We hereby command the Japanese Imperial Government and the Japanese Imperial General Headquarters at once to liberate all allied prisoners of war and civilian internees now under Japanese control and to provide for their protection, care, maintenance and immediate transportation to places as directed.

    The authority of the Emperor and the Japanese Government to rule the state shall be subject to the Supreme Commander for the Allied Powers who will take such steps as he deems proper to effectuate these terms of surrender.

    Signed at TOKYO BAY, JAPAN at 0904 I on the SECOND day of SEPTEMBER, 1945.

    By Command and in behalf of the Emperor of Japan and the Japanese Government

    By Command and in behalf of the Japanese Imperial General Headquarters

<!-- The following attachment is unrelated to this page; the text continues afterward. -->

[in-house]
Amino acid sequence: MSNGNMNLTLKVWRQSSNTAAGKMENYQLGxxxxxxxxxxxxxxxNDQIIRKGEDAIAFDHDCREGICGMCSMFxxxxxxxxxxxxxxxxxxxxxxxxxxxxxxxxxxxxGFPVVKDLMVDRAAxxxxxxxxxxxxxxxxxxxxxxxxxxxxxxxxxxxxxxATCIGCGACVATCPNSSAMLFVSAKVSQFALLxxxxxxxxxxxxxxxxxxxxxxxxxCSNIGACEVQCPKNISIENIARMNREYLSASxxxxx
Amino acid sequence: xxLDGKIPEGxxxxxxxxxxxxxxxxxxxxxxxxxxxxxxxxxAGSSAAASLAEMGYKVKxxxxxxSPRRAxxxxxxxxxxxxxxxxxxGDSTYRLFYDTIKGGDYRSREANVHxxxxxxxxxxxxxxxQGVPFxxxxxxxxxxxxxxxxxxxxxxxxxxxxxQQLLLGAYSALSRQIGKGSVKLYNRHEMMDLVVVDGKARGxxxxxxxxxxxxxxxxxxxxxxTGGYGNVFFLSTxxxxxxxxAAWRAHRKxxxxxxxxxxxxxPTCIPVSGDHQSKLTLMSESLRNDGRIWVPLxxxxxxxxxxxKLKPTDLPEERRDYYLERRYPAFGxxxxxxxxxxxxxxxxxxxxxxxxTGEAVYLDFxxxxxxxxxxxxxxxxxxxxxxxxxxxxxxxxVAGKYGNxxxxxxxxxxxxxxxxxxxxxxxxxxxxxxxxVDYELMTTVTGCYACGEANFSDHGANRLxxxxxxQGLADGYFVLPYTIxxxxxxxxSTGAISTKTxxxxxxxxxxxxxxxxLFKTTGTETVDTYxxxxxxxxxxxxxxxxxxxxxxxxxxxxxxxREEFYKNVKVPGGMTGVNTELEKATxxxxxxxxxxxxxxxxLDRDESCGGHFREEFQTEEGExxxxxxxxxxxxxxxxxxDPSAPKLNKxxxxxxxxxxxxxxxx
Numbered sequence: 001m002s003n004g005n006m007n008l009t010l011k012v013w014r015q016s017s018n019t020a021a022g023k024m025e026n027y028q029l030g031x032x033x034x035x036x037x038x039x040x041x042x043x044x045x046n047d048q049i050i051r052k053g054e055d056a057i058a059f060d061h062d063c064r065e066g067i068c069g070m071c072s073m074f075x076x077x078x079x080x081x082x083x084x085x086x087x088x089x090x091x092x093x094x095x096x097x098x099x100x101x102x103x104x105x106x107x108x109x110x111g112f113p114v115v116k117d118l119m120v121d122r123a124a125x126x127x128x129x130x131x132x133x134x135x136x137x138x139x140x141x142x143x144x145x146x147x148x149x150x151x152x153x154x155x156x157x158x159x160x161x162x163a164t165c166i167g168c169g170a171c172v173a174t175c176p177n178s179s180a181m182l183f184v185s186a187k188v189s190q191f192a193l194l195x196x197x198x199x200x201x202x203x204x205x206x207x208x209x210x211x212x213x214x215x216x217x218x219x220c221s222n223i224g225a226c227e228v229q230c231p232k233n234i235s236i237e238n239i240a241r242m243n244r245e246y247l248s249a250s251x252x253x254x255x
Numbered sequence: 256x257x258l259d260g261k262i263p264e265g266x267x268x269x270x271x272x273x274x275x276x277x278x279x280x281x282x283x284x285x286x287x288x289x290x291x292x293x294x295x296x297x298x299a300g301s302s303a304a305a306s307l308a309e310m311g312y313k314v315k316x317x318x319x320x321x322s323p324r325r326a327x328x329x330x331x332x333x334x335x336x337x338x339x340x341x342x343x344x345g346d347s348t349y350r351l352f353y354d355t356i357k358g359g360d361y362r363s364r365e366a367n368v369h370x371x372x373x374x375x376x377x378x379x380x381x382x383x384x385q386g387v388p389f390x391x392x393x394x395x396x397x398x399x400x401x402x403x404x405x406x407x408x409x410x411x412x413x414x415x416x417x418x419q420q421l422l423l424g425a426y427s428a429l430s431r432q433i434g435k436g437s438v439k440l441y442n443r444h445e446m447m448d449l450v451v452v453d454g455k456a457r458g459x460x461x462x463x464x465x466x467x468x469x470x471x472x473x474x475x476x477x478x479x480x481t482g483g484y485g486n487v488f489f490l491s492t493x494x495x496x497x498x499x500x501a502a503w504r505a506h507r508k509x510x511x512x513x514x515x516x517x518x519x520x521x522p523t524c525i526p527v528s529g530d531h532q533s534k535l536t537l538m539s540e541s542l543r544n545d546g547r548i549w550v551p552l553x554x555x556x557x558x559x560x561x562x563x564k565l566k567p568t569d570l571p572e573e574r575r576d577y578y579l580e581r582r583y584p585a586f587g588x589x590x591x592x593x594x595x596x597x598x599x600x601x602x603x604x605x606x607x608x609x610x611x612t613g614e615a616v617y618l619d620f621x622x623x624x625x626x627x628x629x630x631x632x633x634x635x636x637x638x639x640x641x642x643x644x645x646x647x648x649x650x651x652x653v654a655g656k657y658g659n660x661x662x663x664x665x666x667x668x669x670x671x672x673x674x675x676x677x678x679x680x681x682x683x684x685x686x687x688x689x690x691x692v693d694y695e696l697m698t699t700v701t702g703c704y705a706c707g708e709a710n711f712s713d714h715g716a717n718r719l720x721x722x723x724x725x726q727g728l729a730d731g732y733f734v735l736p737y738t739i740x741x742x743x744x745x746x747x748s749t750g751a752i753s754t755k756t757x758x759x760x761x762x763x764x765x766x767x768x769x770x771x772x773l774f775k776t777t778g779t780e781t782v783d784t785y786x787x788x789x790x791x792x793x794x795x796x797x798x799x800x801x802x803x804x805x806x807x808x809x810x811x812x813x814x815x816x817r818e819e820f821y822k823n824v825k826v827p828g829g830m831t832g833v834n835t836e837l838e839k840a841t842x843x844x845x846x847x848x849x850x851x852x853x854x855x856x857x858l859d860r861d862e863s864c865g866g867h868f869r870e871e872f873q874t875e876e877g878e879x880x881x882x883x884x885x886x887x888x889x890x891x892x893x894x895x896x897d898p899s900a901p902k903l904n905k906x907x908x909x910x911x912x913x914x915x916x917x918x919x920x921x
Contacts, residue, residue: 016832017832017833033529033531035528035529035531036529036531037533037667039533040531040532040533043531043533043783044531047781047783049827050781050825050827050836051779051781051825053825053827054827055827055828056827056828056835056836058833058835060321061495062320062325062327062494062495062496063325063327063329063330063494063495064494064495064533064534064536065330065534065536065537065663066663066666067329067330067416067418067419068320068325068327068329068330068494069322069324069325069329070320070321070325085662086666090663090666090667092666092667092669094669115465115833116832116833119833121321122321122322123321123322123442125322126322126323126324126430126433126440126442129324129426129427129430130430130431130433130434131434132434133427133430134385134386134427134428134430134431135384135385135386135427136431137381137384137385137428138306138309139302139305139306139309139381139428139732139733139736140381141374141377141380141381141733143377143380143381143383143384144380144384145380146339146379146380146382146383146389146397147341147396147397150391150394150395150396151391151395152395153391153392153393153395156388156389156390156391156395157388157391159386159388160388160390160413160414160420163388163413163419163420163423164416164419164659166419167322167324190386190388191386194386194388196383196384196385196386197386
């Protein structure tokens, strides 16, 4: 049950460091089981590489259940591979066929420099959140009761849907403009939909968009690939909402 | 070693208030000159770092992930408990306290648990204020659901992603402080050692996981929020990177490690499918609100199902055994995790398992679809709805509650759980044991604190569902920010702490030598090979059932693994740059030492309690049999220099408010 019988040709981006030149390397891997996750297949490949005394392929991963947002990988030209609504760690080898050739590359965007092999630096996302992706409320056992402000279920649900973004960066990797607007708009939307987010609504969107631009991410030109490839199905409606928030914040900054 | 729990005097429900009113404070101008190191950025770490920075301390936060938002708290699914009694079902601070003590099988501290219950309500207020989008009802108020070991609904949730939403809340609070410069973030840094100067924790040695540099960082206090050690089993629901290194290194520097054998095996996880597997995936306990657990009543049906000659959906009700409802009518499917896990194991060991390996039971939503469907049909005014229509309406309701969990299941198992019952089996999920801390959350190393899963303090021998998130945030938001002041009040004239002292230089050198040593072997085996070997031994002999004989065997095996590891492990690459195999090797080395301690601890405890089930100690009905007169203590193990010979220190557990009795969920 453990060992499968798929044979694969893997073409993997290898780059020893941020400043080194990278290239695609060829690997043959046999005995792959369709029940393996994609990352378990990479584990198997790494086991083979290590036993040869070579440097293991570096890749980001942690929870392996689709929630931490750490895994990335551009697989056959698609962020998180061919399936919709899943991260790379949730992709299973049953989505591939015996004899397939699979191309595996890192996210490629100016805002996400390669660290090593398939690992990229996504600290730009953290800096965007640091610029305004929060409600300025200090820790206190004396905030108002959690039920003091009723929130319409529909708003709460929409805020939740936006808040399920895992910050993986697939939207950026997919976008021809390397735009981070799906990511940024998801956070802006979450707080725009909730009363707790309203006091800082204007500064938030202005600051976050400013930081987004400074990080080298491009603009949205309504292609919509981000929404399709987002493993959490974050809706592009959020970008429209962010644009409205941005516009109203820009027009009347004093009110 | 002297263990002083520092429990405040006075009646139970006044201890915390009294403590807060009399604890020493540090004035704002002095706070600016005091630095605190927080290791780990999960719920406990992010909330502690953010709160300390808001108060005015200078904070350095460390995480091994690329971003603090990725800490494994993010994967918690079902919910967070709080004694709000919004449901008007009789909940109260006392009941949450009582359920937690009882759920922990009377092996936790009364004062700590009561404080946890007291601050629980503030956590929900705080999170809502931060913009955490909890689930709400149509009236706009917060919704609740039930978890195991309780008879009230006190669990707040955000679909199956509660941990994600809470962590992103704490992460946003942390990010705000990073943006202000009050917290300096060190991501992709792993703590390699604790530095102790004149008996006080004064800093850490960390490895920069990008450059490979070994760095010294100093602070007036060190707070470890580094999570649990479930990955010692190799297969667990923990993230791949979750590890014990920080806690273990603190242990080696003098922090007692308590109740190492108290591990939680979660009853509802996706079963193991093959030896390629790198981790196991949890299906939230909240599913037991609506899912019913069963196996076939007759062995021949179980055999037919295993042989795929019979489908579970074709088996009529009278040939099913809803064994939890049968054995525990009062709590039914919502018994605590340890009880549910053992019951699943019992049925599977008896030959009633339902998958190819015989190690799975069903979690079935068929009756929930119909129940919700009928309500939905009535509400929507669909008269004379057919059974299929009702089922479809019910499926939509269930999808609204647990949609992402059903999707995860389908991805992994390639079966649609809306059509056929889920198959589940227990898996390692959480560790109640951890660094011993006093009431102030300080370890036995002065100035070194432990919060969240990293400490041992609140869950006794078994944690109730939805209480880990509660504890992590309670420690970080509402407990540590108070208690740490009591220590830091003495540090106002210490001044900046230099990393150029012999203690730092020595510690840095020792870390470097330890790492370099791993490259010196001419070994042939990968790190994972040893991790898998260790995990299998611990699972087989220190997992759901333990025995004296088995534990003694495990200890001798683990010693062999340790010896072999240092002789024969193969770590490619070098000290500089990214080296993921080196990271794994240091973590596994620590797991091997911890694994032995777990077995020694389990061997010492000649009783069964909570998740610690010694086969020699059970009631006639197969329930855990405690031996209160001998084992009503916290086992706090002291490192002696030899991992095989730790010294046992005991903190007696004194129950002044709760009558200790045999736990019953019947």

Accepted at TOKYO BAY, JAPAN at 0903 I on the SECOND day of SEPTEMBER, 1945, for the United States, Republic of China, United Kingdom and the Union of Soviet Socialist Republics, and in the interests of the other United Nations at war with Japan.

    Supreme Commander for the Allied Powers

    United States Representative

    Republic of China Representative

    United Kingdom Representative

    Union of Soviet Socialist Republics Representative

    Commonwealth of Australia Representative

    Dominion of Canada Representative

    Provisional Government of the French Republic Representative

    Kingdom of the Netherlands Representative

    Dominion of New Zealand Representative

    Note: Image above: Photo of U.S. Army at Baleta Pass, Battle of Luzon, Philippines, March 23, 1945. Courtesy Wikipedia Commons. Info source: Wikipedia Commons; Avalon Project, Document in Law, History, and Diplomacy, Yale Law School;